The Convent of Santa Clara inside Cartagena’s walled city on the coast of the Caribbean Sea was built in 1621. To this day it remains an important historic landmark with guides pointing to the former convent during the city’s tour.
But in the 21st century, the Santa Clara is no longer famous for the devoted nuns who spend their days isolated from the rest of the world praying for salvation – it is the home of the Sofitel Legend Hotel Santa Clara, known as one of the most luxurious and desirable places to stay in Cartagena de Indias, Colombia.
The hotel opened its doors in 1995 after four years of rebuilding and restoration works during which an abandoned and almost ruined building had been converted into a glamorous hotel bursting with extravagance, history and magical stories.
I arrived at Hotel Santa Clara in a taxi (pick-up truck to be exact) from Mompox, a town whose old centre, like Cartagena’s, is a UNESCO World Heritage site.
Covered in dust, tired and hungry after a six hour journey on mostly unpaved roads, I stepped into what looked and smelled like paradise on Earth.
Every employee at the Sofitel Hotel Santa Clara was dressed in white and was very, very beautiful. Exotic tropical trees and plants in the courtyard and colonial style fans were shielding the guests from the sun and equatorial heat.
Where once was Clarisas’ vegetable garden, now stood the biggest outdoor swimming pool in Cartagena’s historical centre where lots of glamorous people were sunbathing and drinking cocktails.
The original tiny windows in the wall through which the nuns were whispering their confessions and communicating with the outside world remain to this day, as does the 17th century well and a former chapel.
I could write about the beauty of the view from my balcony, the comfort of the bed, the quality of the spa services and the pleasure of the hot shower (this, it turned out, is a luxury in Cartagena), but the real charm of the hotel is its history, anecdotes and stories; and the way the colonial, republican and the modern eras are blended into one unique experience.
The Santa Clara Convent served as a monastery for 240 years and was witness to invasions and sieges, scandals, natural disasters and is the origin of many legends.
The house of probably the most famous Colombian of all times (Pablo Escobar excluded) – writer Gabriel Garcia Marquez is next door. The crypts of Santa Clara inspired the great author to write one of his brilliant novels, “Of Love and Other Demons”.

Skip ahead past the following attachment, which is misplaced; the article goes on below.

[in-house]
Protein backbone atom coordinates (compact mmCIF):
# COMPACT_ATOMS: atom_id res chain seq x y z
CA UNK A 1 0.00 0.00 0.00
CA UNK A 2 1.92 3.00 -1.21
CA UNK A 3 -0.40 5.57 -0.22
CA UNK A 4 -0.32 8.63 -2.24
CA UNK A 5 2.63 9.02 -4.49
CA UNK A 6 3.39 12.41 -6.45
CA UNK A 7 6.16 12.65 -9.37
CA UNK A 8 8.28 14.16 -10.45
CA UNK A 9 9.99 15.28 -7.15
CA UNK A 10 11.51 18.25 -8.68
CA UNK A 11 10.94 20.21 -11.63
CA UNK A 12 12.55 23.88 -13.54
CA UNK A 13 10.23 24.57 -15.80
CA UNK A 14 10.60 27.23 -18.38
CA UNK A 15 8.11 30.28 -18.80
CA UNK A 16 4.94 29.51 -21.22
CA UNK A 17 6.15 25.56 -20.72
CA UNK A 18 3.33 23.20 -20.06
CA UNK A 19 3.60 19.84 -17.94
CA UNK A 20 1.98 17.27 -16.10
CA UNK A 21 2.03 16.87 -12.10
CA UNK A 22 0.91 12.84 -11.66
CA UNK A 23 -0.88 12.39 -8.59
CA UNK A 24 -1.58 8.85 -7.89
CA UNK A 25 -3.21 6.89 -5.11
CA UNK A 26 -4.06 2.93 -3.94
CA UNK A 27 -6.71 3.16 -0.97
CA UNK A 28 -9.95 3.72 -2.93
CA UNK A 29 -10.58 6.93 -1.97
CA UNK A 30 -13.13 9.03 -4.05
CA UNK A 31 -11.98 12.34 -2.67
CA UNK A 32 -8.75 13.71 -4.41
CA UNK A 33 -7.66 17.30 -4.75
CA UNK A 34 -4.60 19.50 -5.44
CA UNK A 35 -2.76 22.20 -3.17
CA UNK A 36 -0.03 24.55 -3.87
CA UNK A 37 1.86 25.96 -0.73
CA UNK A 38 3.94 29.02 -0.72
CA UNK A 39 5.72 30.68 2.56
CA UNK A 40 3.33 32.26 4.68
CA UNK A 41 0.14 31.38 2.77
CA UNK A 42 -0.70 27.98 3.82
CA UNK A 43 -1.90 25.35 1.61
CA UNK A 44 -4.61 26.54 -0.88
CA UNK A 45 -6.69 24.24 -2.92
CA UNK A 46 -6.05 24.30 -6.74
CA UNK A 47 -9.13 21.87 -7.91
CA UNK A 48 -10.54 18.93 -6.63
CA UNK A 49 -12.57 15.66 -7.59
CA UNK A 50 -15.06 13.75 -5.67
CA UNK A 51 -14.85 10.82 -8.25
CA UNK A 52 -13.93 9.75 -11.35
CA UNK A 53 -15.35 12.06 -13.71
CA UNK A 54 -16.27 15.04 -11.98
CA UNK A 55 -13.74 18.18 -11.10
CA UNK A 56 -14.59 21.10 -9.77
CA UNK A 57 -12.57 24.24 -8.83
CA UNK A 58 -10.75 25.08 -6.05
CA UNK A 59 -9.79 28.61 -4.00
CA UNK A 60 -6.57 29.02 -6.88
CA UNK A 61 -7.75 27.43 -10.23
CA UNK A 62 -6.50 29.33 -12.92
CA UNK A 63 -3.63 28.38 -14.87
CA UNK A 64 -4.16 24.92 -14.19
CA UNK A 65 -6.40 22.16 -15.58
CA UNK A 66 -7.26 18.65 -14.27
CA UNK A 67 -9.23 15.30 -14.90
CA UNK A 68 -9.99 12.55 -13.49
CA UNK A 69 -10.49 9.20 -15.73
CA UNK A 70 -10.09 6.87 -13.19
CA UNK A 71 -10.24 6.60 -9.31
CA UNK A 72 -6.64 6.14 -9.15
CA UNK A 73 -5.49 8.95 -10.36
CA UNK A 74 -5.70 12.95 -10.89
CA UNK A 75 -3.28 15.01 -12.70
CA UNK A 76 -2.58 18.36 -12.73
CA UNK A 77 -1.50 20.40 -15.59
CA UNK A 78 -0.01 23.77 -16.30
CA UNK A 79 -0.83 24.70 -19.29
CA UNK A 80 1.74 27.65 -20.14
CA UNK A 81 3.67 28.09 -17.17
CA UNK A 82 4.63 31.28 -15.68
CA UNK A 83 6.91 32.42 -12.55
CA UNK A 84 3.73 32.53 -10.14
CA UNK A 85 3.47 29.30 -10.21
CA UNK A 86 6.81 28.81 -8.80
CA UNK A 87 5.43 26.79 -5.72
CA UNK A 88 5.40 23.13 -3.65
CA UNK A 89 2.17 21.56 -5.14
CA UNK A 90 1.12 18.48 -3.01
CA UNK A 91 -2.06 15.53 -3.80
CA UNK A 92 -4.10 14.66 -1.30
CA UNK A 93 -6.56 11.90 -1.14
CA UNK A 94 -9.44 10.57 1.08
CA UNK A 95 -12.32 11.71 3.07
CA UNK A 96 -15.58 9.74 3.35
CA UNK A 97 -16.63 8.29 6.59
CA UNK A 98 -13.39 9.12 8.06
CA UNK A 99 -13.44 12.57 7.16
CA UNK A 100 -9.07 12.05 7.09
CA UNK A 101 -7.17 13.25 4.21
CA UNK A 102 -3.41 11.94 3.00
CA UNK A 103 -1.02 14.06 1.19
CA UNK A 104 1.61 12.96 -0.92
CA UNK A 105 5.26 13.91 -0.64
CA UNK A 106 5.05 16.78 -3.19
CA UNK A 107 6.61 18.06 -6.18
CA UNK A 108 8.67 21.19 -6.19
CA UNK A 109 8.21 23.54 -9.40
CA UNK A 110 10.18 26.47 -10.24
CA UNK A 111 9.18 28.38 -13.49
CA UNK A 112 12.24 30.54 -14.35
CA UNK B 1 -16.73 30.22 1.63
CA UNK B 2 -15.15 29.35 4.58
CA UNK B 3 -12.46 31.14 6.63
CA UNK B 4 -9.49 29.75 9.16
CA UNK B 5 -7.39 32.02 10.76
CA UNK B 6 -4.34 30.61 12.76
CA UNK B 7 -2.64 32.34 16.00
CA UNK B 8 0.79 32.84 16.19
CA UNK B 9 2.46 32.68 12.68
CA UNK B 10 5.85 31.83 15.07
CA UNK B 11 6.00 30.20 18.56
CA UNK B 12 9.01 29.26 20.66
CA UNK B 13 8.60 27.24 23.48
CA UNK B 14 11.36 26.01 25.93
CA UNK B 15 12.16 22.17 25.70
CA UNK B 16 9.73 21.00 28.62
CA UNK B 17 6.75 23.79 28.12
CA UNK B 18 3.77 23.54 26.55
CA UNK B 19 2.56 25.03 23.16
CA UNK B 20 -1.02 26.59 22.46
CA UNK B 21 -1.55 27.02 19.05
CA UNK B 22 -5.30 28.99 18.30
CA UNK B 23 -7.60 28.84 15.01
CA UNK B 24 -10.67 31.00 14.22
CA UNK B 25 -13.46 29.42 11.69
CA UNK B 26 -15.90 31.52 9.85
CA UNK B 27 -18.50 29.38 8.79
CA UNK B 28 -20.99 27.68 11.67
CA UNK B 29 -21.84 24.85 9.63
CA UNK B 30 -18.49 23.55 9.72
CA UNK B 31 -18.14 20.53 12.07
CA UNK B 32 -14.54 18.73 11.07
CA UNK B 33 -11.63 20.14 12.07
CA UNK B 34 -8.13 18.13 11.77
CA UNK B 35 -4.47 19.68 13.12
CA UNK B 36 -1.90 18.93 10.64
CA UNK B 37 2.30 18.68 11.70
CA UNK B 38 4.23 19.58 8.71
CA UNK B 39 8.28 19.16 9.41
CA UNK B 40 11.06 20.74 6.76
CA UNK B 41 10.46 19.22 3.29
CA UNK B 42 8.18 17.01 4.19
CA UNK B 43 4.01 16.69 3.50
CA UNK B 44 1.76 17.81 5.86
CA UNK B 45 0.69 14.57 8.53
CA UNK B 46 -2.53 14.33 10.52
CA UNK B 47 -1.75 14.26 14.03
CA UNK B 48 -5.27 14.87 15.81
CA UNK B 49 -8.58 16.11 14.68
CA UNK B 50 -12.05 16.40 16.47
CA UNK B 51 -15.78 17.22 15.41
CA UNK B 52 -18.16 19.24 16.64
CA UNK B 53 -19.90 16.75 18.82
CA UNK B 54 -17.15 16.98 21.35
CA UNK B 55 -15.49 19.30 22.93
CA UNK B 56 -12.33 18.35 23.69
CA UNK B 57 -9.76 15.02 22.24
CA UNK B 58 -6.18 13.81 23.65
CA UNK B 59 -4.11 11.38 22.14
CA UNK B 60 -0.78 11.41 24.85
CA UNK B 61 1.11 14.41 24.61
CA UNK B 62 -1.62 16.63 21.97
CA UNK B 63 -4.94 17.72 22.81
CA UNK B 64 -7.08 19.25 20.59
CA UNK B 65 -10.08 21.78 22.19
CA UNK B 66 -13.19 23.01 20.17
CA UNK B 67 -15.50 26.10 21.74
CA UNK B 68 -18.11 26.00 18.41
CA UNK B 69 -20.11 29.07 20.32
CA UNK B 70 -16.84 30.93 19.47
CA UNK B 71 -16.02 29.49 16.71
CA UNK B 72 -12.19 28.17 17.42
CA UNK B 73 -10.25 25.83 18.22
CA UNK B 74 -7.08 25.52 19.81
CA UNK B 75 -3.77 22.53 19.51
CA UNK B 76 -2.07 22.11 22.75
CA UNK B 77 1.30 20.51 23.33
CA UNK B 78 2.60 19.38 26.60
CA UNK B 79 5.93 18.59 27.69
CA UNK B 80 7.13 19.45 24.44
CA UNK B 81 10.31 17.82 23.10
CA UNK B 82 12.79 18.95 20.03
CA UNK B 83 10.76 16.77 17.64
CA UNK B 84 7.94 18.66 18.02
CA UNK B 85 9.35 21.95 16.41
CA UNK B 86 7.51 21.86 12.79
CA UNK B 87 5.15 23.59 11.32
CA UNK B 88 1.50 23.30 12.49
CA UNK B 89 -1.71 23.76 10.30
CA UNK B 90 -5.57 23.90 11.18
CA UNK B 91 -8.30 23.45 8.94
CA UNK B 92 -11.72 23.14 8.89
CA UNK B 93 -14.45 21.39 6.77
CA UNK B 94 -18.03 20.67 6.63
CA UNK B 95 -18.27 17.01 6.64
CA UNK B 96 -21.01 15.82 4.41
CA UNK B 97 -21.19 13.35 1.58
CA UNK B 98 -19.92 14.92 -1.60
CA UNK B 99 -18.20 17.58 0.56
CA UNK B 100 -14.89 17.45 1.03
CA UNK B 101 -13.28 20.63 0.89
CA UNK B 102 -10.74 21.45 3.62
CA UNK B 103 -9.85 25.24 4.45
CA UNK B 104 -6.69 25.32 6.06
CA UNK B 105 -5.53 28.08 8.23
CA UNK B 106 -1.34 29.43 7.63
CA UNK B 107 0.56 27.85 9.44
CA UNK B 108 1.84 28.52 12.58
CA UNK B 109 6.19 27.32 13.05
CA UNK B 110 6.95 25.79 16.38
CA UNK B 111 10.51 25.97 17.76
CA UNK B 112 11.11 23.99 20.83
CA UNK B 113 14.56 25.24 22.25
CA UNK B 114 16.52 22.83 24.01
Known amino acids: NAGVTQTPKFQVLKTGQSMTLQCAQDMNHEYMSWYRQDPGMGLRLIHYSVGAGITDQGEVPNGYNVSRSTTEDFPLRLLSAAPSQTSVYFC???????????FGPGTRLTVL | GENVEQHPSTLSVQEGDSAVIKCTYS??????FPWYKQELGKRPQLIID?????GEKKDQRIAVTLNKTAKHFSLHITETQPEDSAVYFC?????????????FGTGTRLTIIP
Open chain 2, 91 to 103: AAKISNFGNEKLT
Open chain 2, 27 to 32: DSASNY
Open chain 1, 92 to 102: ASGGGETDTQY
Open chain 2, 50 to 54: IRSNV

The writer, who worked as a journalist in Cartagena, apparently visited the burial crypts of Santa Clara when workers were removing the remains.
In the book’s preface he claims that when the stone had been shattered by the pickaxe, ‘hair the intense colour of the copper spilled out of the crypt’… but I wouldn’t want to spoil the pleasure of reading that story if you haven’t done so.
Nowadays visitors can steal a look into the crypt almost at any time – it is located in the middle of a beautiful colonial style bar that serves excellent Mojitos. But if the crypts and mysterious remains are a bit morbid for you, the hotel offers a calming experience at a very modern and romantic restaurant called ‘1621’.
That year in the same place, the nuns’ dining room was built – today the restaurant is far from a modest dining experience, where Caribbean delicacies are fused with Old World influences by Head Chef Isabelle Alexandre.
On the night of my stay at Hotel Santa Clara a glamorous and unusual dinner was taking place in the former chapel – huge red ribbons were hanging under the ceiling, waiters served food and drink dressed as monks and Gregorian chants entertained the lucky guests.
Another big dinner was taking place outside by the swimming pool under the stars and the light of candles.
When I wanted to enjoy the views of Cartagena and the breeze from the sea, I just had to step through its front door, walk a few minutes and get onto the defensive wall to admire the beauty and pleasures of this charming city or just get lost in the narrow streets of the old town and thank fate I wasn’t born during the days of inquisition and slavery.
In colonial times Cartagena was one of the most important Spanish ports and a key gateway to South America. Conquistadors and slaves were coming in; gold, coffee and other continents’ treasures were sailing out.
It was sieged by pirates numerous times, most famously by Sir Francis Drake, who captured the city. The Englishman not only got the ransom of millions of pesos for not burning it down, but also helped himself to some jewellery, the city’s bells and artillery pieces.
Cartagena’s churches, squares, monasteries and houses are soaked in history, its weather is perfect for enjoying the sunshine and its restaurants and cafes are best for Caribbean music and cuisine.
There aren’t that many places in this world where a toucan steals your croissant from the breakfast table, Cuban cigars are smoked on the terraces, excellent Ceviche and Mojitos are served on every corner and horse-drawn carriages transport people dressed in white from one gorgeous part of town to another….So if you want to immerse yourself in history and luxury – the Sofitel Legend Hotel Santa Clara is the place to have it all.
Address: Hotel Santa Clara, Cra 8 No. 39-29, Calle del Torno, Barrio San Diego, Cartagena – Colombia
Phone: +57 (5) 650 4700
Rooms: 122 rooms, from £260 per night
Climate: Average high of 32ºC (88.6ºF) and an average low of 25ºC (77ºC) throughout the year and a 90% humidity.
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